Figure 2.
 
(A, B) In vitro release kinetics of 100 µm and 50 µm pore size DDSs eluting FITC-dextran (150 kDa) in PBS at 37°C for 38 days. A burst release is observed from both pore sizes during the initial 5 days of incubation. The 50-µm pore size DDS exhibits slower release rate than the 100-µm DDS, but both achieve first-order release kinetics in the subsequent incubation period (total 38 days). (A) Plot of percent cumulative FITC-dextran release versus time. (B) Log2 release rate versus time. Each data point represents mean ± SD per incubation days of a 30-mg weight DDS releasing FTIC-dextran in PBS (n = 3/group). (C) A photograph of a rabbit eye showing the DDS under the conjunctiva three months after implantation (black arrow). (D, E) Remaining bevacizumab three months after DDS implantation. (D) Bevacizumab is detected within the DDS three months after subconjunctival implantation in the lower fornix of rabbits. (E) No anti-VEGF staining in explanted sham DDS.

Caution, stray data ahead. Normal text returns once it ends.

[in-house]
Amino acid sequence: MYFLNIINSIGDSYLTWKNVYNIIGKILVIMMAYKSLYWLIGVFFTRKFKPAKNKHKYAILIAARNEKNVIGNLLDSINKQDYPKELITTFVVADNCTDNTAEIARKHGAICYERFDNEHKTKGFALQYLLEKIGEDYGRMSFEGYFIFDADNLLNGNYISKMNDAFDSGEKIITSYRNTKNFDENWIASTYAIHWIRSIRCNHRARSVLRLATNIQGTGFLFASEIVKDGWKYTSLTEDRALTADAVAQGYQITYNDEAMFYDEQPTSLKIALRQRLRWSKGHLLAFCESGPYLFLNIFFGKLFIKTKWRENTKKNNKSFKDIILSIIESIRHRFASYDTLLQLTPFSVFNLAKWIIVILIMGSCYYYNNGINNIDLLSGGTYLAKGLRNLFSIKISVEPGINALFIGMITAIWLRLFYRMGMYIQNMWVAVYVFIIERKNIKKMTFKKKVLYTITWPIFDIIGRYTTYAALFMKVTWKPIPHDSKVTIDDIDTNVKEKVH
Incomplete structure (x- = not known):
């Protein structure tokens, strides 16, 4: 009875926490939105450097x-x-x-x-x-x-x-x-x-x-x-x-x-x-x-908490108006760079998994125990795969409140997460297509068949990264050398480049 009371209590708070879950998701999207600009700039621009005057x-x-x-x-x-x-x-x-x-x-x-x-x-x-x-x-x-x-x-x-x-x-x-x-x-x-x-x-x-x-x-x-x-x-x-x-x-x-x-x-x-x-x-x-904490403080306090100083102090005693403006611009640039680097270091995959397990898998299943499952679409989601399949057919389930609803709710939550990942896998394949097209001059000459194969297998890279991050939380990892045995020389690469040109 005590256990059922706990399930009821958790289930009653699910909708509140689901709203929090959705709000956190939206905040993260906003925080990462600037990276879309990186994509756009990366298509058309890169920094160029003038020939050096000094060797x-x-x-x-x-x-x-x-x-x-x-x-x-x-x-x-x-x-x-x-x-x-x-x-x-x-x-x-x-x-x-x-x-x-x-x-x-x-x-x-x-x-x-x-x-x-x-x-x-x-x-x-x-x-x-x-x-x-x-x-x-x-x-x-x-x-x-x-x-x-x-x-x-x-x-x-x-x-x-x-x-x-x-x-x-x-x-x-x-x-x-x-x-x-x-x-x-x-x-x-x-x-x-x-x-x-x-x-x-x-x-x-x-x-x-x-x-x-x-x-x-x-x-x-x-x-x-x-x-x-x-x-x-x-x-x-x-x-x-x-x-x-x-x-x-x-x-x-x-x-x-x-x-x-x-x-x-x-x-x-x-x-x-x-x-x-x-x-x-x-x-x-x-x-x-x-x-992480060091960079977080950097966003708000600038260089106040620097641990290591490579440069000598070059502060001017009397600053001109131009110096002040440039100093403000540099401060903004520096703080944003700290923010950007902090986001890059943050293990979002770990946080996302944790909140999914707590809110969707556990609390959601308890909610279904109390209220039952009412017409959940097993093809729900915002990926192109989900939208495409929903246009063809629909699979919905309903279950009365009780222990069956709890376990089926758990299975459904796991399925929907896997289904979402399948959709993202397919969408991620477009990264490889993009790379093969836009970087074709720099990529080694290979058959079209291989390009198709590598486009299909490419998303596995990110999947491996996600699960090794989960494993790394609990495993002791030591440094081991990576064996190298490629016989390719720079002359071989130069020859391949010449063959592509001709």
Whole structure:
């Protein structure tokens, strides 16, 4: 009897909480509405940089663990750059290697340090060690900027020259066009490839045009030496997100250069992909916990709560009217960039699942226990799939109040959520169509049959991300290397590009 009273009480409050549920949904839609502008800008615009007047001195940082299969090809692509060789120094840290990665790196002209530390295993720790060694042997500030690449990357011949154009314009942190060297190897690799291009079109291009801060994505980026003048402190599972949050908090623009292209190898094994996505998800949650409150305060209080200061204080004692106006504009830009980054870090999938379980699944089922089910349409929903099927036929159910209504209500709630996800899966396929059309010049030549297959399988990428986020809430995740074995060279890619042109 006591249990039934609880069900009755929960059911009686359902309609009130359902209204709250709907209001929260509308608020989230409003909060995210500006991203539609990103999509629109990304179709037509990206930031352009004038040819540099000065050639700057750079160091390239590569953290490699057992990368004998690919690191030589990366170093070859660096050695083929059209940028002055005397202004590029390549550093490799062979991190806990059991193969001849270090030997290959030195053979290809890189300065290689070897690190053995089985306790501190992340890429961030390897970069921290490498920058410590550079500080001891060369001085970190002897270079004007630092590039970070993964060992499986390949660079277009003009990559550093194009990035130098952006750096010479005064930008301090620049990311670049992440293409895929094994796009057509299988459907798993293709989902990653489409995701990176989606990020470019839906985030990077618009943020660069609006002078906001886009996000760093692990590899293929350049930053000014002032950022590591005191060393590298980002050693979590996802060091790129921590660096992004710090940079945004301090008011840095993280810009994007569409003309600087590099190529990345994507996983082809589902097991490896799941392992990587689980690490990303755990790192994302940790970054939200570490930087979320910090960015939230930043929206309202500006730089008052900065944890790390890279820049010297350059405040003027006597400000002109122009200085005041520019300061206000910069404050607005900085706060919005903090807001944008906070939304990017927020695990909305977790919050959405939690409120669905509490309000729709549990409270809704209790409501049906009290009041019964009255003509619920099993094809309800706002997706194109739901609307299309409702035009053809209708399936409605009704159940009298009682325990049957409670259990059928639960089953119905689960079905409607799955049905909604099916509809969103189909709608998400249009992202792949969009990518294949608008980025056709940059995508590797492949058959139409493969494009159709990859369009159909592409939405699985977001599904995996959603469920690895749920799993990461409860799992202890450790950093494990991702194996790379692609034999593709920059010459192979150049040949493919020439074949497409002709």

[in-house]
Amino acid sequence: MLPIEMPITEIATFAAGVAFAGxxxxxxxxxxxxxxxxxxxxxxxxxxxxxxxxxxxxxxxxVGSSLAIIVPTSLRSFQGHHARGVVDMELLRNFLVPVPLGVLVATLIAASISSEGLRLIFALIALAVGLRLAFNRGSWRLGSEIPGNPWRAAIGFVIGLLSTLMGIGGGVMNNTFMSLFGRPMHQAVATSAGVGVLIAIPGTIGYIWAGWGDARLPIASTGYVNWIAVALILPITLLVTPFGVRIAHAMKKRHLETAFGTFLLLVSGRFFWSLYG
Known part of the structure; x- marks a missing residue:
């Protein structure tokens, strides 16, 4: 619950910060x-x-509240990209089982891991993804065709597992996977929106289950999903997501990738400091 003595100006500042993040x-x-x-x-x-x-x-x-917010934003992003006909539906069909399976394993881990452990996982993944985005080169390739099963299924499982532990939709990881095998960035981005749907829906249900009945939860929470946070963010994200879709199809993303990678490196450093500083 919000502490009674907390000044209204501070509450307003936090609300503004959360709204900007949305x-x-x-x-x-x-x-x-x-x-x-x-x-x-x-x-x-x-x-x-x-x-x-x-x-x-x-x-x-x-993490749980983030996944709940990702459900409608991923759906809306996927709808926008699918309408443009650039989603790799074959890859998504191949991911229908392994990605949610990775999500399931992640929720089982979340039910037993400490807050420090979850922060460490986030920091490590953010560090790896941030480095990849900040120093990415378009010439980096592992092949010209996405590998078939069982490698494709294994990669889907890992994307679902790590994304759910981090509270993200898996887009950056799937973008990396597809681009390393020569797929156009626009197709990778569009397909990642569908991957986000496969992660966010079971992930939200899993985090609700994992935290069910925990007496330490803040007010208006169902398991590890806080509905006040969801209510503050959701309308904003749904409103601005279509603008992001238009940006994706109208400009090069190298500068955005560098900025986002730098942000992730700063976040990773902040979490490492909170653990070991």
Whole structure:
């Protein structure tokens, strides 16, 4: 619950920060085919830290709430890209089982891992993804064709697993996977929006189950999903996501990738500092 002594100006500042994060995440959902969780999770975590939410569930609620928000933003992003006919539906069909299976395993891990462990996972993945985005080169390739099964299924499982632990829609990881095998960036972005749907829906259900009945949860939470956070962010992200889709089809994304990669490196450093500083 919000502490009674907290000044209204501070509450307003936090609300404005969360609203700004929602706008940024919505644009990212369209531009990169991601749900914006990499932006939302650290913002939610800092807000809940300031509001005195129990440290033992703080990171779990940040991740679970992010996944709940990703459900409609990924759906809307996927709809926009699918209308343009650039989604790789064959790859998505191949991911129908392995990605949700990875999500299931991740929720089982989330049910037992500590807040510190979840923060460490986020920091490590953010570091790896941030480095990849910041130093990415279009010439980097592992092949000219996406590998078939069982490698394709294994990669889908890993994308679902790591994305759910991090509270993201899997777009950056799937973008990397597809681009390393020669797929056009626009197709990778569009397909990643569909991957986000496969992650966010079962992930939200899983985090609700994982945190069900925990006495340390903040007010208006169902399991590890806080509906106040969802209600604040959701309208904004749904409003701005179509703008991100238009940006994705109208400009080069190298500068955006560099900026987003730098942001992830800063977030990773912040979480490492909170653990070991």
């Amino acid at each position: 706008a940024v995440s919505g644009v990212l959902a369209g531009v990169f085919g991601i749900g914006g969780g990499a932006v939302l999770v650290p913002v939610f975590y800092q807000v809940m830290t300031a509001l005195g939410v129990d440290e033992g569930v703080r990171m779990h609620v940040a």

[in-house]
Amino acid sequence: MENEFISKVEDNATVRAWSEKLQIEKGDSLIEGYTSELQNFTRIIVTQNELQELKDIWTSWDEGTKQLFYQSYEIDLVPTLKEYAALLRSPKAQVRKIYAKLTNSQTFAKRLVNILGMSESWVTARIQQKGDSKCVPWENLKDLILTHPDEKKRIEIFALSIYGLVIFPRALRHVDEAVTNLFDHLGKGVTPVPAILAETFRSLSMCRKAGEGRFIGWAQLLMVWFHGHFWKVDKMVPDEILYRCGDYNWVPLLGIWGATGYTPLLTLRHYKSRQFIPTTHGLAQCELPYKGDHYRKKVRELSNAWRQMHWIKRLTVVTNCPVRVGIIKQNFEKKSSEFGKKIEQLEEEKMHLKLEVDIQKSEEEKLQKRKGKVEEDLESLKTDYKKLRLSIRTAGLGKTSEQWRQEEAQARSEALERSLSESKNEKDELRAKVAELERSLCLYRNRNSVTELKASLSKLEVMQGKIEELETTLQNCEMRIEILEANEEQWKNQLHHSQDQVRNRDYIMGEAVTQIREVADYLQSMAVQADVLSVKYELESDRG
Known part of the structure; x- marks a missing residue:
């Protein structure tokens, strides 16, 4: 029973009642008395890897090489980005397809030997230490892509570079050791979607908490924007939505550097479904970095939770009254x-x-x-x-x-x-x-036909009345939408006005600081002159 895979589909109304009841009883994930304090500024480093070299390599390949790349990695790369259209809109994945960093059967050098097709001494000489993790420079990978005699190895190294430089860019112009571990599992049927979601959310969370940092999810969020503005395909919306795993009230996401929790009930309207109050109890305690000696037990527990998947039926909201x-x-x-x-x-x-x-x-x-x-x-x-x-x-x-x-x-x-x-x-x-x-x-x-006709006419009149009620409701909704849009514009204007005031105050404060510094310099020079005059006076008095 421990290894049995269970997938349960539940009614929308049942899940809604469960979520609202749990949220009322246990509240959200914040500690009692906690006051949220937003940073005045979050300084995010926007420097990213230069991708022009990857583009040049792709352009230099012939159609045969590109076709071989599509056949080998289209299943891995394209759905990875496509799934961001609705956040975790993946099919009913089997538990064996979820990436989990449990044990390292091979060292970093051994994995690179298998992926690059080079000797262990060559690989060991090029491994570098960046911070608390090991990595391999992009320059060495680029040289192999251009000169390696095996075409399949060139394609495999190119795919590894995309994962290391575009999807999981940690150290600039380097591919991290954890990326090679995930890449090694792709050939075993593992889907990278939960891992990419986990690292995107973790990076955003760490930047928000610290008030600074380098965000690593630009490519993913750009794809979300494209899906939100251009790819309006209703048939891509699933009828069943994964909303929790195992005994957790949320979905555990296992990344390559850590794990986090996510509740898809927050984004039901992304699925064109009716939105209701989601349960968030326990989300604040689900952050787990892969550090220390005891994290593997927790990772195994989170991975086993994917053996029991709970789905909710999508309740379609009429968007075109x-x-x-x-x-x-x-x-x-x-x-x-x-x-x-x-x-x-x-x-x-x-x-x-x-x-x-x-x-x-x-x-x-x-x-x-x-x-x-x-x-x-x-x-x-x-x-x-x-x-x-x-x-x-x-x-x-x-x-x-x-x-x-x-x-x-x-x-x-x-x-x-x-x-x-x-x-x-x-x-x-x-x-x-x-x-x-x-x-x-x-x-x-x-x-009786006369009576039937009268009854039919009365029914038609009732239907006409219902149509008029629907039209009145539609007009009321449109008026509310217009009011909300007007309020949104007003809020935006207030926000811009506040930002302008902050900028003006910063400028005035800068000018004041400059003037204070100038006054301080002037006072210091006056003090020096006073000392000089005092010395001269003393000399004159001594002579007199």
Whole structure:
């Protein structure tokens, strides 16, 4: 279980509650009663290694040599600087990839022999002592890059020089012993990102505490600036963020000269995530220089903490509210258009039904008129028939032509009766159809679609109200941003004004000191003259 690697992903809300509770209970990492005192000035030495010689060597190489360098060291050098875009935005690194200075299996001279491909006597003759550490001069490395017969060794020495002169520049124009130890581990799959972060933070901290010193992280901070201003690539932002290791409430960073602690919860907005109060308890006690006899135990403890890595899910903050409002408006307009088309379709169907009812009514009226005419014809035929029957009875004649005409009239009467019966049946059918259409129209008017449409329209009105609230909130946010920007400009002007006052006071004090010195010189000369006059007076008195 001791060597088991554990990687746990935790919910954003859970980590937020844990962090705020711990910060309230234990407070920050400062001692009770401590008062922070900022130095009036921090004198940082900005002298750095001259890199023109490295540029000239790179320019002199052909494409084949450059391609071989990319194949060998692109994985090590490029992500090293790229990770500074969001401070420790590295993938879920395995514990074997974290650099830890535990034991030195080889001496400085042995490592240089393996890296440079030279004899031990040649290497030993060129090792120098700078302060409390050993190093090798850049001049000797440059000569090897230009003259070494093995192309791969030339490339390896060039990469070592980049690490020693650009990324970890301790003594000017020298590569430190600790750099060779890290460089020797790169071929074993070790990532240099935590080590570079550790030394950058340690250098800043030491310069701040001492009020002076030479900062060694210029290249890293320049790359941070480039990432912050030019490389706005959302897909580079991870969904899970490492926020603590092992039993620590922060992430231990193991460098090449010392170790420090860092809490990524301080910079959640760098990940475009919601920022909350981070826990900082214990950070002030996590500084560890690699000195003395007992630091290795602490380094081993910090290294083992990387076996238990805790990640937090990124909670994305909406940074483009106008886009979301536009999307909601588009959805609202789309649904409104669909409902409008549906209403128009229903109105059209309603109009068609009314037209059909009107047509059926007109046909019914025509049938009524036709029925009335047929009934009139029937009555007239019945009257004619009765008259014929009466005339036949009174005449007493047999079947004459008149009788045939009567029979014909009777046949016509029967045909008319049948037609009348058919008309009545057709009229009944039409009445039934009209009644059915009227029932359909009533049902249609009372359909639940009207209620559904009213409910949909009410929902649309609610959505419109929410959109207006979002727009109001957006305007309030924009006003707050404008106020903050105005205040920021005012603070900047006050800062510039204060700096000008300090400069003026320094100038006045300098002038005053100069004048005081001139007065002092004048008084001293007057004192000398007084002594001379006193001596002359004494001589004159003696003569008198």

Figure 2.
 
(A, B) In vitro release kinetics of 100 µm and 50 µm pore size DDSs eluting FITC-dextran (150 kDa) in PBS at 37°C for 38 days. A burst release is observed from both pore sizes during the initial 5 days of incubation. The 50-µm pore size DDS exhibits slower release rate than the 100-µm DDS, but both achieve first-order release kinetics in the subsequent incubation period (total 38 days). (A) Plot of percent cumulative FITC-dextran release versus time. (B) Log2 release rate versus time. Each data point represents mean ± SD per incubation days of a 30-mg weight DDS releasing FTIC-dextran in PBS (n = 3/group). (C) A photograph of a rabbit eye showing the DDS under the conjunctiva three months after implantation (black arrow). (D, E) Remaining bevacizumab three months after DDS implantation. (D) Bevacizumab is detected within the DDS three months after subconjunctival implantation in the lower fornix of rabbits. (E) No anti-VEGF staining in explanted sham DDS.
Figure 3.